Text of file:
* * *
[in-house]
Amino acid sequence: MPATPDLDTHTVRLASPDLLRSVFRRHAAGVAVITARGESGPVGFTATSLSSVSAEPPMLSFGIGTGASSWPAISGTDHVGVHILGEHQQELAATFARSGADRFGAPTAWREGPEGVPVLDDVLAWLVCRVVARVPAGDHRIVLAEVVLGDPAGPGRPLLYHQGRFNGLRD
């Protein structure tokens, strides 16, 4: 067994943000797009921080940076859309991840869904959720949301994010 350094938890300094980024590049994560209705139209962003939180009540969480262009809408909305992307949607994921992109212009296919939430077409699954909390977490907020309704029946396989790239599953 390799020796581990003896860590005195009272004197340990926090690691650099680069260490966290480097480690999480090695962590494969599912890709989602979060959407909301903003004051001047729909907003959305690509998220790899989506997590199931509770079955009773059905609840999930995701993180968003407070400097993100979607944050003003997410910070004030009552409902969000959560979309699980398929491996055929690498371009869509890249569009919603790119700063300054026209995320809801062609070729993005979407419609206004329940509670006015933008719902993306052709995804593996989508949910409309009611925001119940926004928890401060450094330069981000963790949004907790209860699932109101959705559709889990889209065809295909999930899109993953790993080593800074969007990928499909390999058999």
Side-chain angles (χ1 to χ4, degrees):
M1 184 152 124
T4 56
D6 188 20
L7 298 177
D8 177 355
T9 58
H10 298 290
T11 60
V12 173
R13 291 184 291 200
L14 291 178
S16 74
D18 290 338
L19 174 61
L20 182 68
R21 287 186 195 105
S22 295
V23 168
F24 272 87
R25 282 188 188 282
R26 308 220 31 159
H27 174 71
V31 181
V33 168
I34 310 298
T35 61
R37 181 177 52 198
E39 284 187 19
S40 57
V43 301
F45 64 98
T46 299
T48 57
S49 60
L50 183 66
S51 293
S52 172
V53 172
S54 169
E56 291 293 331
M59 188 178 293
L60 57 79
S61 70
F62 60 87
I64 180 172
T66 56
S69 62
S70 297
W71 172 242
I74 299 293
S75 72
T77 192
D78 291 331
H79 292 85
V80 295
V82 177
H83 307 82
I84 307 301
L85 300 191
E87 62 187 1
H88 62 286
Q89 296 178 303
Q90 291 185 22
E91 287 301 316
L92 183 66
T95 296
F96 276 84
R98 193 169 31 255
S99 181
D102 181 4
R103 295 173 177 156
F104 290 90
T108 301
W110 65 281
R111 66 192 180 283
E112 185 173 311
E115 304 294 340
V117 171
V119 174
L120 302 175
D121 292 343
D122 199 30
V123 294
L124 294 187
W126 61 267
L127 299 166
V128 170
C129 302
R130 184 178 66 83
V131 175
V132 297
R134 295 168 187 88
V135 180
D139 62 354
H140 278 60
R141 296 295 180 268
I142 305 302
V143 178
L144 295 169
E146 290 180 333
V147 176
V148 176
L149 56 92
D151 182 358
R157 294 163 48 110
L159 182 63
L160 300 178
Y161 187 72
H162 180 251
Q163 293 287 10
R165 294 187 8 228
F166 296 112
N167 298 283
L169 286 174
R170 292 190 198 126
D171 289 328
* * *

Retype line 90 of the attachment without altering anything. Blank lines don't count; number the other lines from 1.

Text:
L127 299 166